Over the past few years, employers may have faced harsh criticisms for hiring unpaid interns, especially in California. According to the FLSA (The Fair Labor Standards Act), “for-profit” employers must compensate employees for their work. Non-profit and government agencies are exempt from this policy. However, it is possible that Interns and Students may not be considered “employees” under the FLSA, meaning payment for their work is not required.
Yes, very confusing.
So how does one determine whether an intern or student falls within the “employee” category? There is a test! Many courts have been using the “primary beneficiary test” to examine the “economic reality” of the relationship between intern and employer. In other words, who is benefiting the most from this relationship?
Here is the criteria for the test:
- Does the intern and the employer clearly understand that there is no expectation of compensation? A promise of compensation, expressed or implied, suggests the intern is an employee.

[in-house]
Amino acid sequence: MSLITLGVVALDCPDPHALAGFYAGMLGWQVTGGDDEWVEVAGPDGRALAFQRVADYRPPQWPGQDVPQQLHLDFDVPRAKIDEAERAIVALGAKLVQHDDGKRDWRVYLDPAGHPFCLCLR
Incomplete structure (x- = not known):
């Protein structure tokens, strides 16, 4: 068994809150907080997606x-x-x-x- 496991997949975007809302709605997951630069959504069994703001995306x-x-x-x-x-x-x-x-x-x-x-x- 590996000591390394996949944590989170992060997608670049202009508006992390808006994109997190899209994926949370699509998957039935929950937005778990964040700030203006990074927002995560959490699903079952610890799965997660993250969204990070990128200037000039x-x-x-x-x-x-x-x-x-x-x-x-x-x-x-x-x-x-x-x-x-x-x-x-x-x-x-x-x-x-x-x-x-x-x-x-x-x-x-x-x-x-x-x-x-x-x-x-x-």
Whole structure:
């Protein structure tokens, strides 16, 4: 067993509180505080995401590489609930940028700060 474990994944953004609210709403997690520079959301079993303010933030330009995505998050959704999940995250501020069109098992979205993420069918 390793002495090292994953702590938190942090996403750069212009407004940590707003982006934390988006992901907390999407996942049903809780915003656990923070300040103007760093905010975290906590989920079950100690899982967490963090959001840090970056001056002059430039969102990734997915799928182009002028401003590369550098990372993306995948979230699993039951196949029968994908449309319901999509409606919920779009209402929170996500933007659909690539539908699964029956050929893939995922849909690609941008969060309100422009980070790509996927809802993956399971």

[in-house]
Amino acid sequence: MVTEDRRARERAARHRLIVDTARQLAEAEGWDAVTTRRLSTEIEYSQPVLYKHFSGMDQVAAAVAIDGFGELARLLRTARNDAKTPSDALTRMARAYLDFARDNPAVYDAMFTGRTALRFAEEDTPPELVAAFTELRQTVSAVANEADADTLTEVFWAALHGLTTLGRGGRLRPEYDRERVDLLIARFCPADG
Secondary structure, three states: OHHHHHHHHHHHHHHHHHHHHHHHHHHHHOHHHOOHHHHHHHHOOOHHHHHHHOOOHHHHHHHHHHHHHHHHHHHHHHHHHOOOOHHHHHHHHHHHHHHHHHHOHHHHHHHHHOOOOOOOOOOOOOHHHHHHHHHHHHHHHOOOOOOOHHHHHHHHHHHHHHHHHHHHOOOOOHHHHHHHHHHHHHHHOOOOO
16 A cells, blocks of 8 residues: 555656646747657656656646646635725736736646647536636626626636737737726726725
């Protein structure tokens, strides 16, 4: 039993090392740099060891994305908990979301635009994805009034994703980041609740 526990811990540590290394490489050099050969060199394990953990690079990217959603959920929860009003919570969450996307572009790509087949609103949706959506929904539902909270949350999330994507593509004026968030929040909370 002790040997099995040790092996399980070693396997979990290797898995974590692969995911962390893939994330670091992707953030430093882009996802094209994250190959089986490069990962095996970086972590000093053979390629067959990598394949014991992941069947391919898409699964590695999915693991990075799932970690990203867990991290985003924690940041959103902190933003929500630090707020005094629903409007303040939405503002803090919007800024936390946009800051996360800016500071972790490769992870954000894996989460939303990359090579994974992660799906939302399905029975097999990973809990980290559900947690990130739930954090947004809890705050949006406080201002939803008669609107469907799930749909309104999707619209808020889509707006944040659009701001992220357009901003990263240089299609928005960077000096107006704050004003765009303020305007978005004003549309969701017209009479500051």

- Does the internship provide educational training, including the clinical and other hands-on training provided by schools?
- Is the internship tied to the intern’s formal education program by integrated coursework or the receipt of academic credit?
- Does the internship accommodate the intern’s academic commitments by corresponding to the academic calendar?
- Is the internship’s duration limited to the period in which the internship provides the intern with beneficial learning?
- Does the intern’s work complement, rather than displace, the work of paid employees while providing significant educational benefits to the intern?
- Does the intern and the employer understand that the internship is conducted without entitlement to a paid job at the end of the internship?
In other words, an intern or student working for your organization is not entitled to minimum wage or OT pay if and only if the above criteria are satisfied. The internship must be educational and entirely beneficial for the intern you hire to train.
What does this mean for employers?
During the hiring process, from point of job posting to hire, you must make it clear to your intern candidate that it is unpaid, that there is no potential for this to turn into a full-time position, and that you hope to enhance their skill set with meaningful work. Otherwise, it is required by law to provide an intern with at least the minimum wage.
Check out our latest Marketing Intern posting on our Careers Page for ideas!